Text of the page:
My Experience with Building Her Business 2.0 and WIN: a Fantastic Citywide Event

by Jill Foster on July 6, 2009


Guest post by Sibyl Edwards, regular guest contributor to Women Grow Business. Sibyl works as a digital designer and strategist based in Washington, DC. She has many years of experience in interactive design, identity branding, and digital strategy for businesses and non-profits; Sibyl can be reached at www.twitter.com/saedwards.

The makings of an entrepreneur…and dinner
Some of the regular readers of WomenGrowBusiness.com may have read my last post What Are They ON?! Entrepreneurs and Their Mindset. The post discussed what makes the “entrepreneurial attitude”. In a desire to learn even more about what makes some people successful entrepreneurs, my WIN Tech Network co-chair Nina M. Schwartz and I had the opportunity to organize a dinner event for Women Opening Doors for Women around the theme of “Building Her Business 2.0”.

Women Open Doors for Women (WODW) is an annual event thrown by Women’s Information Network. WODW consists of two parts: a networking reception, followed by 35 simultaneous dinner parties at private homes and businesses throughout the DC area.

WODW is a very popular annual DC networking event.
It is a great opportunity for women to come together, network and meet others within a very informal environment.

Our dinner event, Building Her Business 2.0, was an opportunity to discuss how women entrepreneurs can use current social-based technologies and web applications to successfully run and grow their businesses.

Both Nina and I wanted to have speakers to cover the gamut from social media experts, financing, marketing, branding and communications. Our speakers included the founder/editor of the WomenGrowBusiness.com blog Jill Foster, Social Media expert and activist Shireen Mitchell, Anca Novacovici founder of Eco-Coach and Roz Lemieux, online organizing expert and co-founder of Fission Strategy. Roz also served as hostess for the event and held the dinner at her home in Northwest DC.

All walks of life (and cous cous)
There were about 16 women attending (not counting the organizers and speakers) from all walks of life. Some worked for companies with the hope of starting their own businesses, others already had business but wanted to know how they can use social media to improve their business. After networking over a great meal of grilled burgers and cous cous by Roz and her partner Clay, everyone sat down in Roz’s living room to listen to the speakers.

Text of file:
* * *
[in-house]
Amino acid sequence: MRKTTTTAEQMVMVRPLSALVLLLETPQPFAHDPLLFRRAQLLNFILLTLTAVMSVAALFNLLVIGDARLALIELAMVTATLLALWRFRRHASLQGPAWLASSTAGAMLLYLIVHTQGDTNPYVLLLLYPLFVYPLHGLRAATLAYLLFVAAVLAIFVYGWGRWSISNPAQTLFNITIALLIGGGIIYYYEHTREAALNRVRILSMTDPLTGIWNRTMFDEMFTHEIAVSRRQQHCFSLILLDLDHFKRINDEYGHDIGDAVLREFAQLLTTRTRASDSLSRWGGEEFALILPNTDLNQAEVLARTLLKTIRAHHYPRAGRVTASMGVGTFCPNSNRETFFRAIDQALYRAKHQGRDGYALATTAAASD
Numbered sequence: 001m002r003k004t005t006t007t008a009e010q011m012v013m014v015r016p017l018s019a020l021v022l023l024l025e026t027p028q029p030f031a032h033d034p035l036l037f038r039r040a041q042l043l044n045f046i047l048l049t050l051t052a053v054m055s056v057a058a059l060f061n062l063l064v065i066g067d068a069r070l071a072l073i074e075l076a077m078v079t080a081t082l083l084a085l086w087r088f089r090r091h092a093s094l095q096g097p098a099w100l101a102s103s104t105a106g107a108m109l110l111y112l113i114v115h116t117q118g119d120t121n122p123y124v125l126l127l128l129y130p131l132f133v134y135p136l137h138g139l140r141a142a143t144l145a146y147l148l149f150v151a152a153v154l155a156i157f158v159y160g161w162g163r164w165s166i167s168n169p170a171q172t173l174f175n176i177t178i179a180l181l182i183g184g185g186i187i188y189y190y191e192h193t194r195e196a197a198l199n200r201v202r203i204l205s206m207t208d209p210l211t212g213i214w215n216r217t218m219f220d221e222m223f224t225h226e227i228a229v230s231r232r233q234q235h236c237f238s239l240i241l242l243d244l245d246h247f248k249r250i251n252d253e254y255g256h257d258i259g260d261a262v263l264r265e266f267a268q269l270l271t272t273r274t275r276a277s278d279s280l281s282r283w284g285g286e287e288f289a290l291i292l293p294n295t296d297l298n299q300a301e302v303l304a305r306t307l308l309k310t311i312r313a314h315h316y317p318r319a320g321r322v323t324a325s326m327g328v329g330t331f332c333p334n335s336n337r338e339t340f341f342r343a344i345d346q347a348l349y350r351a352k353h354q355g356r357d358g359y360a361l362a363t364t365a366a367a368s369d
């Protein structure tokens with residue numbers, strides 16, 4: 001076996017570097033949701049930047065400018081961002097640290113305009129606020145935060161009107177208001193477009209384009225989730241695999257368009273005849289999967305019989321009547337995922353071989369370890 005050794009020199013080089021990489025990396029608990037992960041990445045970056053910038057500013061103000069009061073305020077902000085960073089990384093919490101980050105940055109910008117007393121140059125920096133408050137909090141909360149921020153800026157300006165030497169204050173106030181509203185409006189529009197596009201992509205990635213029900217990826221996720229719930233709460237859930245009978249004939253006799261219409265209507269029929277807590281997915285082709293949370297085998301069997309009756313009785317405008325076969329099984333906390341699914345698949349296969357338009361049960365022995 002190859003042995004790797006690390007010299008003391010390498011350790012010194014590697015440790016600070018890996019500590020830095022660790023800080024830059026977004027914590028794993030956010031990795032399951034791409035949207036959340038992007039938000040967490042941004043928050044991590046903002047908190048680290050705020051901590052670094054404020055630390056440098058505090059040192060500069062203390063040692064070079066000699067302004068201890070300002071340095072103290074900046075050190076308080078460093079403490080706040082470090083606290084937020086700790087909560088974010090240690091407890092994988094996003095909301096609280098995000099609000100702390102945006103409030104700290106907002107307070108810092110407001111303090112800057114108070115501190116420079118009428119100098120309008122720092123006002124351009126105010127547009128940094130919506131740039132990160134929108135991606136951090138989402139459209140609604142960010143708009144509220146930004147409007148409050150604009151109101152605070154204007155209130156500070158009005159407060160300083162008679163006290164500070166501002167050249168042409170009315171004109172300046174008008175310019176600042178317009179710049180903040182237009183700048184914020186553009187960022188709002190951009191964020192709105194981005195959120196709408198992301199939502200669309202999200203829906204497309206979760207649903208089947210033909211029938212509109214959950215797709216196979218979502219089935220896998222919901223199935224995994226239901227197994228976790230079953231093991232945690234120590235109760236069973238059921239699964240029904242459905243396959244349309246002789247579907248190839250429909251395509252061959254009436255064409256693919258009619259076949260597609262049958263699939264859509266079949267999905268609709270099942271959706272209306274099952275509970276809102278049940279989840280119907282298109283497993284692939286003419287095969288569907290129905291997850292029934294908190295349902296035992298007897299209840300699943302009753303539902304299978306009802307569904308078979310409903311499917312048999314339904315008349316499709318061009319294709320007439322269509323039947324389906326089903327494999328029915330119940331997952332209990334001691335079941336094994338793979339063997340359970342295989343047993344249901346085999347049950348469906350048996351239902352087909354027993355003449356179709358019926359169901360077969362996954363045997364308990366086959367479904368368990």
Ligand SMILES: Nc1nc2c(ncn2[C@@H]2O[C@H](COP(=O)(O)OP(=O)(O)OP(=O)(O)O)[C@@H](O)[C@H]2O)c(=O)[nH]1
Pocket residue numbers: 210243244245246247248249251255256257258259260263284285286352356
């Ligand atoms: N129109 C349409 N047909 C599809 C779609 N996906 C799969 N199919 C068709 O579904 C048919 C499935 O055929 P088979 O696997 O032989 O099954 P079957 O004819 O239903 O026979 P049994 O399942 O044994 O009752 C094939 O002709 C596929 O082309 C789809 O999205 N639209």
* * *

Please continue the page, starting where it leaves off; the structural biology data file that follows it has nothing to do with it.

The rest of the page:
Success, social media tools and Mashable
The evening began with Jill Foster discussing what makes a successful women entrepreneur followed with Shireen Mitchell sharing ideas on how women can utilize tools such as Twitter to promote their businesses. Anca Novacovici shared her experiences starting her consultation firm from the bottom up and Roz Lemieux gave great advice on online resources like virtual assistants. And Mashable’s list was brought up, recently compiled as a fantastic list of online tools for businesses.

Putting themselves out there
One of the highlights of the evening consisted of a four-way dialog between the speakers and the attendees, led by Shireen Mitchell, on the importance of women not being afraid to promote themselves in person and online. This touched on a little discussed topic among women – assertiveness without seeming too conceited. Shireen gave personal examples of the difficulty for women to “put themselves out there”. More than a few attendees nodded their heads in agreement and asked what can be done to correct the issue.

Self-assertion and your value proposition
Roz and Shireen suggested going to technology happy hours and events where entrepreneurs and start-ups present their services – plus being bold and “getting on stage” to talk about what you (and your business) have to offer. Jill suggested using online video as a great way to get your personal and business brand out to the masses. And Anca offered speaking at events to raise your profile.

The Building Her Business 2.0 dinner was a highly informative event with diverse, knowledgeable speakers. The only unfortunate thing about the evening was that there wasn’t enough time to answer everyone’s questions.

I’m sure there will be a Building Her Business 3.0 coming soon (wink)….

For more information here are some stats on women entrepreneurs:

  • 10.1 million firms are owned by women (75% or more), employing more than 13 million people, and generating $1.9 trillion in sales as of 2008.
  • Three quarters of all women-owned businesses are majority owned by women (51% or more), for a total of 7.2 million firms, employing 7.3 million people, and generating $1.1 trillion in sales.
  • Women-owned firms (50% or more) account for 40% of all privately held firms.
  • 1.9 million firms are majority-owned (51% or more) by women of color in the U.S.
  • These firms employ 1.2 million people and generate $165 billion in revenues annually.
  • One in five firms with revenue of $1 million or more is woman-owned.
  • 3% of all women-owned firms have revenues of $1 million or more compared with 6% of men-owned firms.

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